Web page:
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Categories: 20th Century, BAME, Indian, Women
Imprint: Carcanet Poetry
Publisher: Carcanet Press
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You ask me what I mean
by saying I have lost my tongue.
I ask you, what would you do
if you had two tongues in your mouth,
and lost he first one, the mother tongue,
and could not really know the other,
the foreign tongue.
from 'Search for my Tongue'
'Brunizem' is a dark prairie soil found in Asia, Europe and North America, the three worlds of Sujata Bhatt's imagination. Born in India, her mother tongue Gujarati, Bhatt was educated in the United States and now lives in Germany. In Brunizem, her acclaimed first collection, she explores the richness and the conflicts of moving between cultures and languages, in poems that are passionate, direct and eloquent. Brunizem was awarded the Commonwealth Poetry Prize (Asia) and the Alice Hunt Bartlett Award. In 1994 'Search for My Tongue' was choreographed by Daksha Sheth and performed by the UK-based South Asian Dance Youth Company in nine cities in England and Scotland, under the title 'Tongues Untied'.
Awards won by Sujata Bhatt Winner, 2000 Italian Tratti Poetry Prize Winner, 1991 Cholmondeley Award Winner, 1988 Alice Hunt Bartlett Award (Brunizem) Winner, 1991 Commonwealth Poetry Prize (Asia)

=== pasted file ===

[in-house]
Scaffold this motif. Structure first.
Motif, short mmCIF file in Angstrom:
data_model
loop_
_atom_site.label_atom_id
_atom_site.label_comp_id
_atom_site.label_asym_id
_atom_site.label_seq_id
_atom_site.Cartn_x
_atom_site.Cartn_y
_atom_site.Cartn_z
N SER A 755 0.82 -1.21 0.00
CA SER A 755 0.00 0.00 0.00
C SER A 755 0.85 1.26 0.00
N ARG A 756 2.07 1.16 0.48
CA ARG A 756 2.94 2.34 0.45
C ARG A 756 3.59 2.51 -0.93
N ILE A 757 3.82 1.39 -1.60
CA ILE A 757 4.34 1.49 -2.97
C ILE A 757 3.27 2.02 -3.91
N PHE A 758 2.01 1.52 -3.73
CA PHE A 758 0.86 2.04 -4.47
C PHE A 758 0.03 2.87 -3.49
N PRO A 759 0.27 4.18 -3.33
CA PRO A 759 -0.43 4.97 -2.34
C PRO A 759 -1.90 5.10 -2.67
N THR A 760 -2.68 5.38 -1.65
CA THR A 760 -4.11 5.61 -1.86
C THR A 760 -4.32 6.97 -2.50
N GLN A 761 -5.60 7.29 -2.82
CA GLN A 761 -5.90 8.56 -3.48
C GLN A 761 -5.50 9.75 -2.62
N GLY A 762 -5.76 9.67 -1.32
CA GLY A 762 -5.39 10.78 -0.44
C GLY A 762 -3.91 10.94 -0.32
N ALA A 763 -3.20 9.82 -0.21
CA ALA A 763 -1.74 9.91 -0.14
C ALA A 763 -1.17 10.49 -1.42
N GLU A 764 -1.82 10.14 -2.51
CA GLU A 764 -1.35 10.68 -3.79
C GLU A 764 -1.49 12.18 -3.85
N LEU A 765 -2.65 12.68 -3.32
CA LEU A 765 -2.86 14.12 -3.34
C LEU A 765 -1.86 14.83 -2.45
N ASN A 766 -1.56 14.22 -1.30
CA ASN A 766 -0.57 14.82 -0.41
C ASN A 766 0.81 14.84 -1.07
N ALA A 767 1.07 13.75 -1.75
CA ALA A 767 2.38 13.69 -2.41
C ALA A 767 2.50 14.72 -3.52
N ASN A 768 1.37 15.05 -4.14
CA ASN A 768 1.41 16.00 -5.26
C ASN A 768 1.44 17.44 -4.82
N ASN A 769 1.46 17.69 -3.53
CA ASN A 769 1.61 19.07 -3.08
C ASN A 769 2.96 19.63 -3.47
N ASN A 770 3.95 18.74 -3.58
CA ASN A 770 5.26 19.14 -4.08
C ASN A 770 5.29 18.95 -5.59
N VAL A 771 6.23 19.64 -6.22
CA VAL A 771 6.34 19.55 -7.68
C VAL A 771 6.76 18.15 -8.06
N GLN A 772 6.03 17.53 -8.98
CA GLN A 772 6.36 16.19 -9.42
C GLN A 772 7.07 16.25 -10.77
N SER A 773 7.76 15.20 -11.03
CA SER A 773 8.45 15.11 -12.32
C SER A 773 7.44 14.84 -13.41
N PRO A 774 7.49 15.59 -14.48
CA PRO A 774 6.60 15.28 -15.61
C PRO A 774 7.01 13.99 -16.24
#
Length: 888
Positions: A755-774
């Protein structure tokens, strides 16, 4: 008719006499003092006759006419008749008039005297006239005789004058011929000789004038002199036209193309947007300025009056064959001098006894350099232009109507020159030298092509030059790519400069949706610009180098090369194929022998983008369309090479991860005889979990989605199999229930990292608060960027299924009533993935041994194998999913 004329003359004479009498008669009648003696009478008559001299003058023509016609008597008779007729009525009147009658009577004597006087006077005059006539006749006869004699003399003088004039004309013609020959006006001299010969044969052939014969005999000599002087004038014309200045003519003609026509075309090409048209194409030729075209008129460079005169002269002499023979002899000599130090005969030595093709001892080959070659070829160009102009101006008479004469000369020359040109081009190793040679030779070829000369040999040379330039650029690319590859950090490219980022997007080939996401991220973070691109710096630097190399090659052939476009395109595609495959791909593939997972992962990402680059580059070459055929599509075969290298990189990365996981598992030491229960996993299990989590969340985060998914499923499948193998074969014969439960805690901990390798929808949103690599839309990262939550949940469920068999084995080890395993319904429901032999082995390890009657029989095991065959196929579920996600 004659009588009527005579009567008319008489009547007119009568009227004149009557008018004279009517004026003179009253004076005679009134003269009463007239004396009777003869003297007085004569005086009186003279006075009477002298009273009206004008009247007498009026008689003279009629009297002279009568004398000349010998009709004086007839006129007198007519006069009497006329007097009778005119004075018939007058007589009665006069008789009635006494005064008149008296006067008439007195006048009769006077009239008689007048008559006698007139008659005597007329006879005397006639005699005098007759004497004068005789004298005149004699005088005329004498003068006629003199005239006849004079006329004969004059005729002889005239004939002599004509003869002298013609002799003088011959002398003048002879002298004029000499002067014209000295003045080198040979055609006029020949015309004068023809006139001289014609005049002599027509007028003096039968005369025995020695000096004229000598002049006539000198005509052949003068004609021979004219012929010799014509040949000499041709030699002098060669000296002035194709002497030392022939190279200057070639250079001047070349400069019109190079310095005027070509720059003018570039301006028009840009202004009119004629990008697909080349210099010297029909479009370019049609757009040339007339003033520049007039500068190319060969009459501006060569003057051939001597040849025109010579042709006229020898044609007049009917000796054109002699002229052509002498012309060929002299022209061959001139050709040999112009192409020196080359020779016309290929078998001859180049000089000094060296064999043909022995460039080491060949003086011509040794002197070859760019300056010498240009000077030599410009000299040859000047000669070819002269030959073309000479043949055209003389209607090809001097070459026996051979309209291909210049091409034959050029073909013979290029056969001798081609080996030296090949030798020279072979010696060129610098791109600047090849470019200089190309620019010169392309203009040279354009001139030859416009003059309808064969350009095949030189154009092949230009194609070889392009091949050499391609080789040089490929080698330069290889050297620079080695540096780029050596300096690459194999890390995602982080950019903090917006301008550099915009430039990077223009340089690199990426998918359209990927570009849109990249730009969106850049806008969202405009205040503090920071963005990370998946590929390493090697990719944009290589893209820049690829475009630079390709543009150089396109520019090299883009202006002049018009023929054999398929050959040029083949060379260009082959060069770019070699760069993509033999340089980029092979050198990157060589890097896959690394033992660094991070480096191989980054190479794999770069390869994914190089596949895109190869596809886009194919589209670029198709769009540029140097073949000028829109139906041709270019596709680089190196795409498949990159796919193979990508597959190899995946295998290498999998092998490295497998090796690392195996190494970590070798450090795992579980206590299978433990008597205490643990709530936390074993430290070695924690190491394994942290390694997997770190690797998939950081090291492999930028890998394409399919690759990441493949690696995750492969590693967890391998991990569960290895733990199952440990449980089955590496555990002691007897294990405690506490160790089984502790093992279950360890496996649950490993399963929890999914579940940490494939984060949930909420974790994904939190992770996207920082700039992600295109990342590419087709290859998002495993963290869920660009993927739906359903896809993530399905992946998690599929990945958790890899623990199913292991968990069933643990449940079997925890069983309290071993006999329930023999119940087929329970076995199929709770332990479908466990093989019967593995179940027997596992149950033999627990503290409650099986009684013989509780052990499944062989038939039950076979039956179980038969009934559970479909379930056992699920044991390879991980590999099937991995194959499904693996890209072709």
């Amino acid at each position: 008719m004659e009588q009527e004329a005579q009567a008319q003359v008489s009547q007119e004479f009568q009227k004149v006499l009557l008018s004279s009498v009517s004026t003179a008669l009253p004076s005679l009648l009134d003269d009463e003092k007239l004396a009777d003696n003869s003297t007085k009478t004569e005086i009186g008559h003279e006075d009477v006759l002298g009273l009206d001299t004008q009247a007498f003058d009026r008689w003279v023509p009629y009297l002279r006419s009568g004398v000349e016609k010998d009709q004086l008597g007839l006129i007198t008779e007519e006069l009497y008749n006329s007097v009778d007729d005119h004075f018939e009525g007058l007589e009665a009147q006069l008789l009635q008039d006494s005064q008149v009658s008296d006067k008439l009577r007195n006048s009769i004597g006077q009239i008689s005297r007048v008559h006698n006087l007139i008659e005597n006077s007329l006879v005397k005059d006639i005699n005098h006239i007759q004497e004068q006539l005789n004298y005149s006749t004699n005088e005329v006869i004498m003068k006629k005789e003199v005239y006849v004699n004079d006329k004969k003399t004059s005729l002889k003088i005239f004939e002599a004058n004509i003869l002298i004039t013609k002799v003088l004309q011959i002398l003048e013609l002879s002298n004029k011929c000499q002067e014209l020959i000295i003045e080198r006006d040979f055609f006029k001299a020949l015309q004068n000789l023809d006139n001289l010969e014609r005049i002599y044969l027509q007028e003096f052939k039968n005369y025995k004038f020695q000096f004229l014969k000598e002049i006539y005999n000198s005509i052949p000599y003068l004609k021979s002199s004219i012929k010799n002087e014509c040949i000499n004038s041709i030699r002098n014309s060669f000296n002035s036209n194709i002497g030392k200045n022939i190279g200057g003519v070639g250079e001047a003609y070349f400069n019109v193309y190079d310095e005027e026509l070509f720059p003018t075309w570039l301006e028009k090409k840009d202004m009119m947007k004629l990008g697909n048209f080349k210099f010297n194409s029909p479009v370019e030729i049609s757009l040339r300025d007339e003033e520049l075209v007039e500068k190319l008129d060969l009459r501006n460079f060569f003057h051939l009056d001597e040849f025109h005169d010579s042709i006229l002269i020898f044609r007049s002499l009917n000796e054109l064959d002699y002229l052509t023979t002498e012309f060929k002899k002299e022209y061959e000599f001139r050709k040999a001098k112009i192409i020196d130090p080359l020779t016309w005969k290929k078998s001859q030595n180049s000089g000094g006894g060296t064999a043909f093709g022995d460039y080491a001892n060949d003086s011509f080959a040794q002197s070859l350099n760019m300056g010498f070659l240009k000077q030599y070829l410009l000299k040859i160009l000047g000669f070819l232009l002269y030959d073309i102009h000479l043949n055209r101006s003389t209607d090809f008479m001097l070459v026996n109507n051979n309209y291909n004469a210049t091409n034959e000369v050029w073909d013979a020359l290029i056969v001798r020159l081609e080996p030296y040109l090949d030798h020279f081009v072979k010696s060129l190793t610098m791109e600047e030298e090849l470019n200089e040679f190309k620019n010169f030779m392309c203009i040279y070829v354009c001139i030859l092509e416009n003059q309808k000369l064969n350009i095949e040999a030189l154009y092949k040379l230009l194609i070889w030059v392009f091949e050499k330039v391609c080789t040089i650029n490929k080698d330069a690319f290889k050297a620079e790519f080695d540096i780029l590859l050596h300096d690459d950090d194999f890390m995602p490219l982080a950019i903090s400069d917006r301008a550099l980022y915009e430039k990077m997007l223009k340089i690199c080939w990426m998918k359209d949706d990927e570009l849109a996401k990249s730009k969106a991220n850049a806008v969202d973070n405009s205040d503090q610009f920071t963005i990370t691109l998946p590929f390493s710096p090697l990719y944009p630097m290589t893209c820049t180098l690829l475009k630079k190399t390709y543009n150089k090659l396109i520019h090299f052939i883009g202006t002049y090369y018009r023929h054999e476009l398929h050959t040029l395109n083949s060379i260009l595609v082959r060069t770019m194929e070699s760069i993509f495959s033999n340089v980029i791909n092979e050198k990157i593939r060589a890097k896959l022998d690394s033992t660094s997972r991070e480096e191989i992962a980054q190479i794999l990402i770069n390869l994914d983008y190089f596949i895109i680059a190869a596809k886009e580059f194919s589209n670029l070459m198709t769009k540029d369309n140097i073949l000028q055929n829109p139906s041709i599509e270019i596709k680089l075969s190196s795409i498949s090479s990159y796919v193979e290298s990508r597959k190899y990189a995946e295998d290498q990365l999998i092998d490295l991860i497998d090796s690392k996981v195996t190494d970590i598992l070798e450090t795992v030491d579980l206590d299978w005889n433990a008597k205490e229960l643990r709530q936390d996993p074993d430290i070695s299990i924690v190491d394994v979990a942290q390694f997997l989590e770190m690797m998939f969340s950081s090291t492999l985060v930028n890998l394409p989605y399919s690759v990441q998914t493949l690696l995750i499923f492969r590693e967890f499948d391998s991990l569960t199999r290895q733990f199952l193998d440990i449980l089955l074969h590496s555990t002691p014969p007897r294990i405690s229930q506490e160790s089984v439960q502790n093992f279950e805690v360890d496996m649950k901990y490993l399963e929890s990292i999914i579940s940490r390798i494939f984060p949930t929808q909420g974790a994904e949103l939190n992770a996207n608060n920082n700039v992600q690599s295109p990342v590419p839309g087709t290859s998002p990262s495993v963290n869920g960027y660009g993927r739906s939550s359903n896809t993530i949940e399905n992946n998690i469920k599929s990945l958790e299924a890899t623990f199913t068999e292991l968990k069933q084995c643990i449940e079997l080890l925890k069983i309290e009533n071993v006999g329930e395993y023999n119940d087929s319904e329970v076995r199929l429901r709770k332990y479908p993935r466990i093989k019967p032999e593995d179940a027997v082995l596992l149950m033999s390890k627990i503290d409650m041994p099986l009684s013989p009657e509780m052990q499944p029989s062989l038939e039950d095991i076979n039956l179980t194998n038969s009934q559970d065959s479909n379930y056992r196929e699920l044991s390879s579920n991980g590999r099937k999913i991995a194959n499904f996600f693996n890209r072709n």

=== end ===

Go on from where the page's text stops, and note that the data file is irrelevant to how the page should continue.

Short-listed, 1995 Forward Poetry Prize
'An exciting first collection, moving and invigorating.'
Poetry Review Praise for Sujata Bhatt 'a substantial collection of poems, one that allows us to travel, dream and learn, but one that ultimately moves us by the quietude of its stance and its impeccable articulation.'
Times Literary Supplement
Bhatt's style is refreshingly plain and direct, depending for its lyricism on moments of gentle repitition.
Alan Marshall, The Daily Telegraph. 'Sujata Bhatt leads the reader through the bright, familiar world and on into the dark until her words pierce that darkness, offering a light that will challenge and reward. Here are poems that move confidently through that dangerous border-world between the real and the surreal, illuminating both. This book is a treasure-house of modern, magical poems.'
John F. Deane 'Here is a chance to see Sujata Bhatt's favourite themes strengthened by re-gathering. A common theme is language, the very stuff of poetry, given special insight by her travels and her multilingual experience. In India, she says, it is 'a sin to be rude to a book'; 'The Stare' considers two babies, human and monkey, gazing at each other curiously, one with language, the other with' who knows? Elsewhere she considers the loss of her mother tongue, 'dead' in her mouth but returning to her in dreams. A broad-minded, humane, imaginative book.'
Gillian Clarke, National Poet of Wales
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